Bruno Latour’s book AN INQUIRY INTO MODES OF EXISTENCE purports to describe the felicity conditions of a plurality of modes of existence and of their corresponding modes of veridiction. So it is reasonable to raise the question of the situation of enunciation instituted in the book, and of the status of Latour’s own speech acts. In the passage from certainty to trust the enunciative modality changes:
« But when one has to appeal to trust, the interlocutory situation is entirely different: one has to share the concern for a fragile and delicate institution, encumbered with terribly material and mundane elements— oil lobbies, peer evaluation, the constraints of model-making, typos in thousand-page-long reports, research contracts, computer bugs, and so on » (3).
Latour’s own discourse seems to allude to a possible scientific status, by the constant evocation of an “anthropology of the Moderns”, yet much of what he says is philosophical in form and content, containing idiosyncratic speculation whose evidential support is not readily apparent . The lack of clarity over the object of the inquiry (the « Moderns » and their « values ») and over the potential audience for its results adds to the puzzlement over the status of his discourse. In the conclusion Latour states:
“Thus while I have spoken all along of an inquiry and even of a questionnaire, it is not in the mode of knowledge that I claim to be working. The term “inquiry” has to be taken in a plurimodal sense whose object is to preserve the diversity of modes. Can we call this approach “empirical philosophy”? I am not sure, given how indifferent philosophy has become to the tasks of description. Experimental metaphysics? Cosmopolitics? Comparative anthropology? Practical ontology? … To situate this reprise of the rationalist adventure, but to mark clearly that it will not take place under the auspices of Double Click, I have entrusted it to the term diplomacy”.
So it is not in the mode of knowledge, yet empirical. In the beginning of the book Latour appeals to his status as a practitioner of science studies, and we know he has published books on a case study of technology and of law. His book on religious enunciation REJOICING is not based on a case study but on his own (experiential? philosophical?) impressions of what such utterance is all about. “Plurimodal”, including the mode of knowledge but not limited to it, seems an apt description, but so does “meta-modal”, if we want to capture the idea that it is not political diplomacy that is at play, but ontological diplomacy. The scene of this diplomacy is vague too: the investigator must show diplomacy with her informers and strive to obtain their assent for her redescriptions of their practices and institutions, diplomacy again in the negotiations between the different modes of existence, and yet again in the negotiations between the Moderns and the « others ».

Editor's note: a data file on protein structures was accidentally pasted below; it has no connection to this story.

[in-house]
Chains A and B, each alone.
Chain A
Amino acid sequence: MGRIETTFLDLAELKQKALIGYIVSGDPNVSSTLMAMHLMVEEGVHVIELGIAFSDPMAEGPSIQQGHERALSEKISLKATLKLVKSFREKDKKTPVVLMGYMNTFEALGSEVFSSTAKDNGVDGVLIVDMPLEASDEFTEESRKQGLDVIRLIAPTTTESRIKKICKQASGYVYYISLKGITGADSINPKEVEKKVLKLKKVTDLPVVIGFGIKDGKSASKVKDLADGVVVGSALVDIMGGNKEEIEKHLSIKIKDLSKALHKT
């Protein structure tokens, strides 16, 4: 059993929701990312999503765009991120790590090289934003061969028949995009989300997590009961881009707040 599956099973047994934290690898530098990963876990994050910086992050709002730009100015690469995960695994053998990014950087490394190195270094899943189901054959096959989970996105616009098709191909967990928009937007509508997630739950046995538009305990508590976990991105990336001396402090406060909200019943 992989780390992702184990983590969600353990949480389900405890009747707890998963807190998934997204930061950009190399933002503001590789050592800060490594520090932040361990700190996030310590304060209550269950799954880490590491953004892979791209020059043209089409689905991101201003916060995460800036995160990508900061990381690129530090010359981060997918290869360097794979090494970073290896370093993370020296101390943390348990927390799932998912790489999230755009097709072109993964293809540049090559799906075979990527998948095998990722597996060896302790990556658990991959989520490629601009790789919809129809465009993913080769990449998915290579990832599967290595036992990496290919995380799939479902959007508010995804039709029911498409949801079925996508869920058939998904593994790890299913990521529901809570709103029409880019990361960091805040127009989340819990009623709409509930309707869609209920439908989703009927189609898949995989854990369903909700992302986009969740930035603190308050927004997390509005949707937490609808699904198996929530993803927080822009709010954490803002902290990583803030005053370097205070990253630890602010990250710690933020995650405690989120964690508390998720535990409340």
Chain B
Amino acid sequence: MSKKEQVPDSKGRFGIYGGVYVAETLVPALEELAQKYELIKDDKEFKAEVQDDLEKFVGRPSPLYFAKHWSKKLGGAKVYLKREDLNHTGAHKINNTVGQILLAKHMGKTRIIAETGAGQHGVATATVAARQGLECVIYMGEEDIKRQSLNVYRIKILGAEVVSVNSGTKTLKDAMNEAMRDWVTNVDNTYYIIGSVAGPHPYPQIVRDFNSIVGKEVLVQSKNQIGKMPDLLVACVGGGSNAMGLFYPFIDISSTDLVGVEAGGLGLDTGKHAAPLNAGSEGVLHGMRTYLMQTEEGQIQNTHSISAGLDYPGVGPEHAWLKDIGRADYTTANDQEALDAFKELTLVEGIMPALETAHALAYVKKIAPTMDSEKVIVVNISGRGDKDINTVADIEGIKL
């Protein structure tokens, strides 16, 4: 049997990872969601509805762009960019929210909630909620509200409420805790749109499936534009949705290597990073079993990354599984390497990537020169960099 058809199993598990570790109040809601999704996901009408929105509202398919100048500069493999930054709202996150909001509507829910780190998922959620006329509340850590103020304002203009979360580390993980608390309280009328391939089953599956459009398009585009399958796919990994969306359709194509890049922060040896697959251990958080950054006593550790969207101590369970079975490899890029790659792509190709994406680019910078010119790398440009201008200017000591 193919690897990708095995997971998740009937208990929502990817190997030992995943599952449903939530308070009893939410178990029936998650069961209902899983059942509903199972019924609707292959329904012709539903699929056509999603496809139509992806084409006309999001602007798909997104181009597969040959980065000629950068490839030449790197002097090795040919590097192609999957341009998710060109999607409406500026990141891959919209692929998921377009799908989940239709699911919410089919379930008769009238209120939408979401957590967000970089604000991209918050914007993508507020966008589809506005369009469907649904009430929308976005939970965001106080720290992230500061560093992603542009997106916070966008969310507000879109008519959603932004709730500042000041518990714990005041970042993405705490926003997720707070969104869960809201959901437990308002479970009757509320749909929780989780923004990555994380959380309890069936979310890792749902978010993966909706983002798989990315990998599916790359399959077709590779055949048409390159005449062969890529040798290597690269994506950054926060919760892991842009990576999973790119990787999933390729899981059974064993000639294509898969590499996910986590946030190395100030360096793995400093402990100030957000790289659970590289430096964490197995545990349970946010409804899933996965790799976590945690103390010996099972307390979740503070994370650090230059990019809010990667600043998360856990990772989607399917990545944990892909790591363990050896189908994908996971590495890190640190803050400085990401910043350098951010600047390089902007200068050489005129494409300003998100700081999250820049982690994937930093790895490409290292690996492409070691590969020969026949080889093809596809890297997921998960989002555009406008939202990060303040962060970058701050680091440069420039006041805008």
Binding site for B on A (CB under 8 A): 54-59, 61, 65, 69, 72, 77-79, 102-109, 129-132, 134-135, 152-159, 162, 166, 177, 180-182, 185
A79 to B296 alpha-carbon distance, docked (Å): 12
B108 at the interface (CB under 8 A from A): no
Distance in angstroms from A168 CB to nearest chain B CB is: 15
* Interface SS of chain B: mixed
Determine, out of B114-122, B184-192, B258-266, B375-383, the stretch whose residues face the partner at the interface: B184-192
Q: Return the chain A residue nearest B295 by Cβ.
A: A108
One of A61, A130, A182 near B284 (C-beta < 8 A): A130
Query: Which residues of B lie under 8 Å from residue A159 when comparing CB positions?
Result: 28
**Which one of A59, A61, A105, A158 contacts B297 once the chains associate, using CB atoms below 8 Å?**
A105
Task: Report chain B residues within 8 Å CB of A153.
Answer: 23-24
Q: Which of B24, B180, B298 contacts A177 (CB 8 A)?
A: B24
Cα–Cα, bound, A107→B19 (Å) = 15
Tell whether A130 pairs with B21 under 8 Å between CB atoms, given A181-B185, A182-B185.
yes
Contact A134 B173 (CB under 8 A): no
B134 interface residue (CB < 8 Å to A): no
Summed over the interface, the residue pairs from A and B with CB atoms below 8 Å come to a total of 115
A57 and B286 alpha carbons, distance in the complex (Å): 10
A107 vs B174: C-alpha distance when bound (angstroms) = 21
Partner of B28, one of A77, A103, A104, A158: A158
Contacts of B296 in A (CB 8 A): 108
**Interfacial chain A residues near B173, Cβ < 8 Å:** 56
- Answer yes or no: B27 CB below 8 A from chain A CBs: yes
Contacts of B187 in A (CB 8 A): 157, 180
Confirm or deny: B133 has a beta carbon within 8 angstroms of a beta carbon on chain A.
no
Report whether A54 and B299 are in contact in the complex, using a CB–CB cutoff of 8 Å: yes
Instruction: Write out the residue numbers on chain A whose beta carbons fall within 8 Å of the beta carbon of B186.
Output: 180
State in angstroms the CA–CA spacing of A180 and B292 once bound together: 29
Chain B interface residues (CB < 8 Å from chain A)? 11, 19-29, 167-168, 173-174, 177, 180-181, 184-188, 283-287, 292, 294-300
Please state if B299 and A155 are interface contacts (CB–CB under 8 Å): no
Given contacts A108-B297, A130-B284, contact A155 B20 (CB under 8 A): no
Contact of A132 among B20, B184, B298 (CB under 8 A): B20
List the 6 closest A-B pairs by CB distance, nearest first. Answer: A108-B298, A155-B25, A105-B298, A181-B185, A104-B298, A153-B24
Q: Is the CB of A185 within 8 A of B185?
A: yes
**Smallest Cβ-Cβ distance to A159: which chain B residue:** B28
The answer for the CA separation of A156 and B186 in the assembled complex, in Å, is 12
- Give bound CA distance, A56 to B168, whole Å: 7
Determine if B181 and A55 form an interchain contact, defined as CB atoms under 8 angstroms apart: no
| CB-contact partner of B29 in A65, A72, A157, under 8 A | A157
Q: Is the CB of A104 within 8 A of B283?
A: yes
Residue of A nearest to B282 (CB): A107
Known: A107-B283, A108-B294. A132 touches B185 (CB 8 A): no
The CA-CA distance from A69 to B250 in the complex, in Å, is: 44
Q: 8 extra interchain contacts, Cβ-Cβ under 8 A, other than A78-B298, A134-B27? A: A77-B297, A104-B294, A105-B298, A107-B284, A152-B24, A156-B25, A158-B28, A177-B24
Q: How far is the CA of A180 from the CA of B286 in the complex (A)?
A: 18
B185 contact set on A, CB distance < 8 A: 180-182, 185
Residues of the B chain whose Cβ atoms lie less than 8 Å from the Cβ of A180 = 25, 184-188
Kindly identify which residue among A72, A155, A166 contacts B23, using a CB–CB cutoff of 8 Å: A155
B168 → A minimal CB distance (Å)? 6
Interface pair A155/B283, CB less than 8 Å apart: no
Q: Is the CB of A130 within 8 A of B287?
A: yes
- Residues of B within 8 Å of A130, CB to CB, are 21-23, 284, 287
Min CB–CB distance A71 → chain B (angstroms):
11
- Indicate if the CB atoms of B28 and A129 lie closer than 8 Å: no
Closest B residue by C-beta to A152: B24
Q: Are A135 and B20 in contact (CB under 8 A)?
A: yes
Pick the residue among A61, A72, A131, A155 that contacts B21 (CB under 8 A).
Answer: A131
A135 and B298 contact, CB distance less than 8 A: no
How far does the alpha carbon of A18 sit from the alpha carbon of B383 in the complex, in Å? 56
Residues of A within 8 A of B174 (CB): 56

Despite an effort to locate and free us from category mistakes when one mode of existence is confused with or impinges on another, Latour himself mixes philosophical considerations and empirical claims in a confusing way. The result is a vagueness or “muddiness” that complcates his argument and gives an illusion of concreteness. There emerges from all this an impression of authority, yet the bibliography to support his claims is lacking. There is an attempt to exploit the trust the reader may have in Latour’s previous work on revisioning of science and have it accorded to claims about other domains, institutions, and modes of existence where no such work is cited. The objections that the text envisions come from naive straw men who are trapped in the snares of subject-object, the bifurcation nature-society, the impossible quest for unmediated certainty, or of double-click literalism. There is so much renaming that one has trouble formulating objections that have not been rendered impossible by the new terminology. An interesting case is the fate of the word “transcendence”, which becomes split in two: there is a “bad” transcendence and a “good” transcendence, which is defined so as to be synonymous with immanence (“immanence, for AIME, is synonymous with good transcendence”). This is in line with a return to a more consensual (“diplomatic”) posture and an attempt to avoid “provocation”, at least at the level of terminology. Already Latour had renamed his position from “social constructivism” to “constructivism”. Now we have him renouncing constructivism in favour of compositionism, and the return of values, institutions, and even (“good”) transcendence. There are no boudaries between domains, but one may not mix different modes of existence, under penalty of “category mistake”. Yet one may ask: are all such crossings sterile errors? If this ontology is diachronic, with modes of existence evolving, mutating, coming into being and disappearing, can such crossings sometimes be productive? The terminology of category mistakes, though necessary for eliminating “bad” mixtures, may eliminate too much (what about the possibility of “good” mixtures and tend towards stasis. Once we have our map of values and modes that characterise us are we just going to agree to be different from our others, or are we going to swap and mix with them? It is strange to police the proliferation of hybrids at the object level with the stern warnings against categorial confusion at the meta-level.